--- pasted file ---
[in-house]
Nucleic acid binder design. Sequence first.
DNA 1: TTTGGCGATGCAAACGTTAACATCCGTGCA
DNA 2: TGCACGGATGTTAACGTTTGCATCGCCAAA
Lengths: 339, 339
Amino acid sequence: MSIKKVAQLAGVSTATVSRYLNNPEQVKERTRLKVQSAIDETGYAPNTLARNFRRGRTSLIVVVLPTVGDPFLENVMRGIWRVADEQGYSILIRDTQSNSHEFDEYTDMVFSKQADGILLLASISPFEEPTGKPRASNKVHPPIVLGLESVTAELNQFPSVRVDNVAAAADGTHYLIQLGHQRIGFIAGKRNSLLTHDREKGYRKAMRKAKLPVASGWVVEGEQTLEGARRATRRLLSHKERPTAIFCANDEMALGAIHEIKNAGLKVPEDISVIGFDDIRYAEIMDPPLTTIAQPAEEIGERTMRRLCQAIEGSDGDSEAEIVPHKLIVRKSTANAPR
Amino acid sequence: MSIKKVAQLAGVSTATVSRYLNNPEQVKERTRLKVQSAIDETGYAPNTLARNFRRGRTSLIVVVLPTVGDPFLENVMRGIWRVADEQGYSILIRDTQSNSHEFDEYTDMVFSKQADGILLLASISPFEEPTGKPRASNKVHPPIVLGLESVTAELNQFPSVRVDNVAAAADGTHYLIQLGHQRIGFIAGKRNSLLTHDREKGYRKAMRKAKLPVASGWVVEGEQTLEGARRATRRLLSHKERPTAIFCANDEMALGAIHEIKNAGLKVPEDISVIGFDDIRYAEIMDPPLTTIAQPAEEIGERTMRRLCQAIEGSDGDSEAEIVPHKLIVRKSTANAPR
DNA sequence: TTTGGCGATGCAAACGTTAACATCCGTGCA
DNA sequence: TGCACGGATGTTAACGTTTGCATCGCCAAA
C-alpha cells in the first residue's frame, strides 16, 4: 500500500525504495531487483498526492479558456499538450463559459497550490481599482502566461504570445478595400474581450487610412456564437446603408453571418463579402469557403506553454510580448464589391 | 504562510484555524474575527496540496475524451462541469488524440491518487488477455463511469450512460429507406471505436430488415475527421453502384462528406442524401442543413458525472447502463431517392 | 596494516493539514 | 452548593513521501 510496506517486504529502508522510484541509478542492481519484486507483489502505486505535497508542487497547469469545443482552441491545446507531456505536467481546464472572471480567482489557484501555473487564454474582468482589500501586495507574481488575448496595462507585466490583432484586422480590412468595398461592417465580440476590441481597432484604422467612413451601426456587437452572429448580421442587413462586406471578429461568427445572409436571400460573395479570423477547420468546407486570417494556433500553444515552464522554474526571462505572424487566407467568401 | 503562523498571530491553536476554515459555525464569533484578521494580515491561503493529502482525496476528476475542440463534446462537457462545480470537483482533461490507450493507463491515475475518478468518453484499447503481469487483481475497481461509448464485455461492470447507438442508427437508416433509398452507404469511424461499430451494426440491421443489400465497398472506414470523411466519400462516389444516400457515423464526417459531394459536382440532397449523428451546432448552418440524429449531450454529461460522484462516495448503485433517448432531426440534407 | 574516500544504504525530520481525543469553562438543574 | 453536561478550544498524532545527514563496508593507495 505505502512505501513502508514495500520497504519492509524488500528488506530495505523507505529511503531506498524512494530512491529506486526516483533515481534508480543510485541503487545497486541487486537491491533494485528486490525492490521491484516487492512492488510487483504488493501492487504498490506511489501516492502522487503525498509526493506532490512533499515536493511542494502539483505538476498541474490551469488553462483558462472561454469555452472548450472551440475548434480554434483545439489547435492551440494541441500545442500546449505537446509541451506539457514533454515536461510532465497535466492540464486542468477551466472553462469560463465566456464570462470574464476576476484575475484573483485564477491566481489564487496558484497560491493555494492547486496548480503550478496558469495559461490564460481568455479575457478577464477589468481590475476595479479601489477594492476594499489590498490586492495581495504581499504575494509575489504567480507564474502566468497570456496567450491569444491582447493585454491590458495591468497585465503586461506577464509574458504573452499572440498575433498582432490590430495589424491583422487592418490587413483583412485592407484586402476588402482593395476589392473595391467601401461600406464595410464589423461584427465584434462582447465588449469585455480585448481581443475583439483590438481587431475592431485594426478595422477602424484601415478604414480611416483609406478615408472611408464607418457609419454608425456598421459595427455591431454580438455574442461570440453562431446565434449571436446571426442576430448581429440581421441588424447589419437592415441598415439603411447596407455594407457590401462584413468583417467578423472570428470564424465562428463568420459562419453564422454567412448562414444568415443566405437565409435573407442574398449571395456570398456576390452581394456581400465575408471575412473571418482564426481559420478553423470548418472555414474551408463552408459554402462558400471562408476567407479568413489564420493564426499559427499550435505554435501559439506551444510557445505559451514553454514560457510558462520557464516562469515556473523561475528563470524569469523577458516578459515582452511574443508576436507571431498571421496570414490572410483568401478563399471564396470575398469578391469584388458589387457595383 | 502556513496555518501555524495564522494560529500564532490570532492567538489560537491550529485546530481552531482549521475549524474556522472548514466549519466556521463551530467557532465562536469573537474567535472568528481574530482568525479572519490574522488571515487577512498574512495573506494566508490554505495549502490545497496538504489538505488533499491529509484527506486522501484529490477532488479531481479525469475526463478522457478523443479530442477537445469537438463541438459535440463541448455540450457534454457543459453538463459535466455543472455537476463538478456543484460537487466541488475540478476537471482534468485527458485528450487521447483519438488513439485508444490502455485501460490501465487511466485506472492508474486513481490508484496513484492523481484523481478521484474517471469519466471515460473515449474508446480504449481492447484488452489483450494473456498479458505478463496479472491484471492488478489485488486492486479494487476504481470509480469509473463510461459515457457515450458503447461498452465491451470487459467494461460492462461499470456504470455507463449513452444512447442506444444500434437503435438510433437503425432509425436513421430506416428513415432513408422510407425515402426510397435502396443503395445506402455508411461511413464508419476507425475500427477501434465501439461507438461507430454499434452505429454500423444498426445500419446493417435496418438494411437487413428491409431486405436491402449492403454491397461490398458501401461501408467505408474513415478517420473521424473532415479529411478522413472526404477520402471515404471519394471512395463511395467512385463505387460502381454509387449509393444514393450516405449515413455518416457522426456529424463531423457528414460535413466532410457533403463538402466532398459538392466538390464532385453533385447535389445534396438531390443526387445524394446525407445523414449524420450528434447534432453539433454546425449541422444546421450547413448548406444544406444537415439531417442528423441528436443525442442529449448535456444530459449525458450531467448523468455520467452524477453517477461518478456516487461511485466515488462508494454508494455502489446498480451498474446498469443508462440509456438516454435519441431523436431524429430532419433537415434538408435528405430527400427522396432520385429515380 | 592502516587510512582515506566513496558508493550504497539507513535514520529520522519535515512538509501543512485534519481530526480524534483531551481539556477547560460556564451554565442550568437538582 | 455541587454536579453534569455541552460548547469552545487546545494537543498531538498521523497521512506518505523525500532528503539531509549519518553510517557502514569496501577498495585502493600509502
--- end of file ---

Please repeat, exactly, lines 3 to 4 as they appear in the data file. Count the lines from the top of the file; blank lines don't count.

DNA 1: TTTGGCGATGCAAACGTTAACATCCGTGCA
DNA 2: TGCACGGATGTTAACGTTTGCATCGCCAAA